Nearly all of the speakers I’ve ever trained begin their practice speech the same way.
They walk to the front of the room, say good morning/afternoon/evening, thank the audience for coming, and express their delight to be there. Then they turn around and flip to their first slide, a bulleted agenda of what they plan to discuss during their presentation.
What a bore.
The opening minutes of a presentation are often the most important. According to Allan and Barbara Pease, authors of “The Definitive Book of Body Language,” the audience forms 60 to 80 percent of its impression of a speaker within the first four minutes.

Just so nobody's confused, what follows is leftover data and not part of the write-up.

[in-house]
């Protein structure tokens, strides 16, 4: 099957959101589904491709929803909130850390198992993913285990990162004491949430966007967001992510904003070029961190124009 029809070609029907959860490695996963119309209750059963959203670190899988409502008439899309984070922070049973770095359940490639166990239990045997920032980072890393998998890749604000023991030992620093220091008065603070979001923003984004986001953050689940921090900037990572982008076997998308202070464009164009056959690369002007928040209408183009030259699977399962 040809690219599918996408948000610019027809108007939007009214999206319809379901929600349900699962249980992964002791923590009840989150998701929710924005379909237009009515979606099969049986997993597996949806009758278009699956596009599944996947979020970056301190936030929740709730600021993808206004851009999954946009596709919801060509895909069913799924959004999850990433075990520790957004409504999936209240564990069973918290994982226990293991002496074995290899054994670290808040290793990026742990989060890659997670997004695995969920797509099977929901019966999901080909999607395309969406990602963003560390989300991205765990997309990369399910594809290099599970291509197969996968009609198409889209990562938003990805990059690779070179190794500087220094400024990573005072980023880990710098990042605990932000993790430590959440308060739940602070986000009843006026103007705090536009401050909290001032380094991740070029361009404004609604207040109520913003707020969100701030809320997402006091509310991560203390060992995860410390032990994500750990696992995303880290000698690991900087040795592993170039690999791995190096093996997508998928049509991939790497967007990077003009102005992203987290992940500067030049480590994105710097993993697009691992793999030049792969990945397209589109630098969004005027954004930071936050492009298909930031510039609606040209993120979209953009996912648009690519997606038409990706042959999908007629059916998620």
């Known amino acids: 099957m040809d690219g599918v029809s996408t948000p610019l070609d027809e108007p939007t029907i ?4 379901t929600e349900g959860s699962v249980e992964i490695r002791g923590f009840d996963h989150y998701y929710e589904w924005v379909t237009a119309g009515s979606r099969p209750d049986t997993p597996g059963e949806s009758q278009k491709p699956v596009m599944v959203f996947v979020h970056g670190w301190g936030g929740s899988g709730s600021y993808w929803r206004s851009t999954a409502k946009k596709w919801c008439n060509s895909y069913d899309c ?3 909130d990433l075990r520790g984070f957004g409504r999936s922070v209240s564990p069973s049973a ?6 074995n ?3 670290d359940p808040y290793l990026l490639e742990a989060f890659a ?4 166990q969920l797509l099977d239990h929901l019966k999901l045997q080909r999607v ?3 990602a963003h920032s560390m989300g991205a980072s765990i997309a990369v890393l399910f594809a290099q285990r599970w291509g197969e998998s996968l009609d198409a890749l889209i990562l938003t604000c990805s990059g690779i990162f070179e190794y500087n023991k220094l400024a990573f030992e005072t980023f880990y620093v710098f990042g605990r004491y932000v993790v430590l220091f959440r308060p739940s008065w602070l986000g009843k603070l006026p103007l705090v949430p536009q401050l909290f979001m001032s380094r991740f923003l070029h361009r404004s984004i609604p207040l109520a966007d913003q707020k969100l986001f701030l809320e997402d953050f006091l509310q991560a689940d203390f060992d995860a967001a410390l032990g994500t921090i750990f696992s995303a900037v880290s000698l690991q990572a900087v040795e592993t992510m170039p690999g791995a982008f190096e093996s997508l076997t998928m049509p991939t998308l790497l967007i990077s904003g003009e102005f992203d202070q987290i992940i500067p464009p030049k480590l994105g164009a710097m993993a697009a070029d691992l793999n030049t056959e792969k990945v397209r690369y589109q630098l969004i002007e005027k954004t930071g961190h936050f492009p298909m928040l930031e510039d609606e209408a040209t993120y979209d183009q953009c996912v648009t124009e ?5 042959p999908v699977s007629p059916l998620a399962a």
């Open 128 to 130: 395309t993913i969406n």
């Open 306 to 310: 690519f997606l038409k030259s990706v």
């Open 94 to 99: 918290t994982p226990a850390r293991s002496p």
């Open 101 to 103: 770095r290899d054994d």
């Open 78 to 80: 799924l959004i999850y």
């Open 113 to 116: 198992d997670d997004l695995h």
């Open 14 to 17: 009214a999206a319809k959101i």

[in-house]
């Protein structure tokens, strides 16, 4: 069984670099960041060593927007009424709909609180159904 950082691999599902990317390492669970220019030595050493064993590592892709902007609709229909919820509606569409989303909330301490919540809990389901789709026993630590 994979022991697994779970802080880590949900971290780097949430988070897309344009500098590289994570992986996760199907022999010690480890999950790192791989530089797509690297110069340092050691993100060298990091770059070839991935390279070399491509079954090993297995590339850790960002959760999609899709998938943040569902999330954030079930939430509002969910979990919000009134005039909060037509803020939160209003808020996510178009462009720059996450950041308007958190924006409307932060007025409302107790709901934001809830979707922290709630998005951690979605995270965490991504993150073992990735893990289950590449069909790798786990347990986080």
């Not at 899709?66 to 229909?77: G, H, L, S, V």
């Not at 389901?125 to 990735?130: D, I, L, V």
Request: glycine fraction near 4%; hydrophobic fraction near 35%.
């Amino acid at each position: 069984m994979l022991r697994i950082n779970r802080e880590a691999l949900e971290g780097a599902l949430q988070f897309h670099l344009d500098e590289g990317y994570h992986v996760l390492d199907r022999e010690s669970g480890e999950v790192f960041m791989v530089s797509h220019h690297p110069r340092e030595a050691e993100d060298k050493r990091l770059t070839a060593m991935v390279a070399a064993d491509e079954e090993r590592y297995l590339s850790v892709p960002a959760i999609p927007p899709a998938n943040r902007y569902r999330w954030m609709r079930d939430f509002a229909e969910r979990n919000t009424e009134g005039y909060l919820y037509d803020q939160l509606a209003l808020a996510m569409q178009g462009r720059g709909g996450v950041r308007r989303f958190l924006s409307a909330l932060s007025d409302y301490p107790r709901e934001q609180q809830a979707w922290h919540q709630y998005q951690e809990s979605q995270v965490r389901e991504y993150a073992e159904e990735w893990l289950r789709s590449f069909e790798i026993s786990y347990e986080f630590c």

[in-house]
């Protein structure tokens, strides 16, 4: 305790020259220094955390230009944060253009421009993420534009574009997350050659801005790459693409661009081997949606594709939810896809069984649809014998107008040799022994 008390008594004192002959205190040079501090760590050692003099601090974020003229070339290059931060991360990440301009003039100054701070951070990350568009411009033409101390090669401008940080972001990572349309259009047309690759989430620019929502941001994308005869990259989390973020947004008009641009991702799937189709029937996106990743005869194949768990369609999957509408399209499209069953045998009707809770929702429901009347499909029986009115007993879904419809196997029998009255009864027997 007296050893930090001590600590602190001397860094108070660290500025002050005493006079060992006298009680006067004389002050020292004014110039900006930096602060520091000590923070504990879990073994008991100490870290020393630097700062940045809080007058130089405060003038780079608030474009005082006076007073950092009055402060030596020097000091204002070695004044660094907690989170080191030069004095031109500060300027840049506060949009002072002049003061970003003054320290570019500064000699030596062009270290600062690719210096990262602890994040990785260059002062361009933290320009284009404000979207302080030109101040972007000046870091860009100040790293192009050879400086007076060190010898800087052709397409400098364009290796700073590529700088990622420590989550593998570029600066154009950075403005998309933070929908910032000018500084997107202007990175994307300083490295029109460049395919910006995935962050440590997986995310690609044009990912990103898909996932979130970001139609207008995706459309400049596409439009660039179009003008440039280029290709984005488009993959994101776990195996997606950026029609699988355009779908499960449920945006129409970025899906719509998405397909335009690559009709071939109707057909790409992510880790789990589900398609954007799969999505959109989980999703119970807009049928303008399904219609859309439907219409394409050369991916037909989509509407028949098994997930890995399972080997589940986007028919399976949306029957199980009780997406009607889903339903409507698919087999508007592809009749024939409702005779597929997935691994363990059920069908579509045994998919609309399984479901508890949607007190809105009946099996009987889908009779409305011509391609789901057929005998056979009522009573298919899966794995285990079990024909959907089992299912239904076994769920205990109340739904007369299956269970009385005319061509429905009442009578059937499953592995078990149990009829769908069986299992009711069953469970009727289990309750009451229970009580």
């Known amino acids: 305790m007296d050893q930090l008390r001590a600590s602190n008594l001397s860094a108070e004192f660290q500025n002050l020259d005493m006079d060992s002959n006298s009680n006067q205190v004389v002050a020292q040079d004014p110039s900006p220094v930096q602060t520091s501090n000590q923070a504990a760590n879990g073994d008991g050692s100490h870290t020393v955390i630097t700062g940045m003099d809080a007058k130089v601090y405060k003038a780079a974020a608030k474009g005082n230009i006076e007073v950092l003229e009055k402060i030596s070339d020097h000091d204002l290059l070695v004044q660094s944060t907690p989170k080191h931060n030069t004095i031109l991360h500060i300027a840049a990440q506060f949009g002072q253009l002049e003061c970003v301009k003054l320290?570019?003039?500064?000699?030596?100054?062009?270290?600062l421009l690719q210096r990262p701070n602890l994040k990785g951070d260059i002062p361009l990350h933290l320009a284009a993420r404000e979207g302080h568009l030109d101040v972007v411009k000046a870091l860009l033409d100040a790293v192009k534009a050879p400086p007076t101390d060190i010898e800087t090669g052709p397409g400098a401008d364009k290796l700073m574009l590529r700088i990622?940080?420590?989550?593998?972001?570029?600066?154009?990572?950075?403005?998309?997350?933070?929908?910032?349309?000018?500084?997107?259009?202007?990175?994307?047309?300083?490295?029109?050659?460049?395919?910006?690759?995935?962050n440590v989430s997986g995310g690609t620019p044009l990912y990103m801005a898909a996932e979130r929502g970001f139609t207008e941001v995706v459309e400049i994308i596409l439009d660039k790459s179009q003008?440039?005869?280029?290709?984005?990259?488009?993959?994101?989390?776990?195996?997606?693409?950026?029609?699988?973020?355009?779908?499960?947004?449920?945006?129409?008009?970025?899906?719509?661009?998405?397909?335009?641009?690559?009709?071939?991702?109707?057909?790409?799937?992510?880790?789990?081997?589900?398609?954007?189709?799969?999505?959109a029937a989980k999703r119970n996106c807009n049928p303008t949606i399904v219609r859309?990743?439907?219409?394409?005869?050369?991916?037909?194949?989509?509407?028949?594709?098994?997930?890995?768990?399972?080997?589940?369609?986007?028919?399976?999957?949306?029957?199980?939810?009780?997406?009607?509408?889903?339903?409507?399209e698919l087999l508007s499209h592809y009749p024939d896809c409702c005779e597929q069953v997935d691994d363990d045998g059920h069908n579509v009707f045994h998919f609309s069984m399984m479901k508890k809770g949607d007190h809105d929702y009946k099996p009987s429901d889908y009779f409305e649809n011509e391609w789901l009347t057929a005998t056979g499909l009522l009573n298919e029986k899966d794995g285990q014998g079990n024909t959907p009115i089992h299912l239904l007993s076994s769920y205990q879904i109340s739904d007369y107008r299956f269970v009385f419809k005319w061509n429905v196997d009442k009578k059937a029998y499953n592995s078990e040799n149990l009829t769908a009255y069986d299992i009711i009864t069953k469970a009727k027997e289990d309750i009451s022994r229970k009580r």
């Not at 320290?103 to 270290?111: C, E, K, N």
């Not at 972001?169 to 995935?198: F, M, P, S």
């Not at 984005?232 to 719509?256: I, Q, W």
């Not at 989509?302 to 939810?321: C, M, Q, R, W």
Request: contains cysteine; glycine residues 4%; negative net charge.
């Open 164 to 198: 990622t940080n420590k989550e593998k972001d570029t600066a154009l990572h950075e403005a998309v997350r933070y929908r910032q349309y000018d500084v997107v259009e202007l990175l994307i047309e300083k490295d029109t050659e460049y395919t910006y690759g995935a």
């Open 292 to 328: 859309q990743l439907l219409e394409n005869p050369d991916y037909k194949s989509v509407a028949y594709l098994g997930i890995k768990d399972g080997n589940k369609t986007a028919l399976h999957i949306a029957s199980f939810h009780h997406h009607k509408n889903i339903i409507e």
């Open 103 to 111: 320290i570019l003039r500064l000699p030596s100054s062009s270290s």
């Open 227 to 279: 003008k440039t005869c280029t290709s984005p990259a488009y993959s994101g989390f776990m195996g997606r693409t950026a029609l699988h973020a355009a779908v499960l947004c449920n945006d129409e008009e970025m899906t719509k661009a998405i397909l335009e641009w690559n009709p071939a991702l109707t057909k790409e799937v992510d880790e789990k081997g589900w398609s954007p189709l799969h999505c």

Opening No. 1: The startling statistic
Opening with a startling statistic is a terrific way to grab the audience’s attention from your first word. To be effective, the statistic should be related directly to the main purpose of your talk. “Statistic” doesn’t mean the same as “data.” If you’re giving the audience a number, you should set it within a broader context to help infuse it with greater meaning.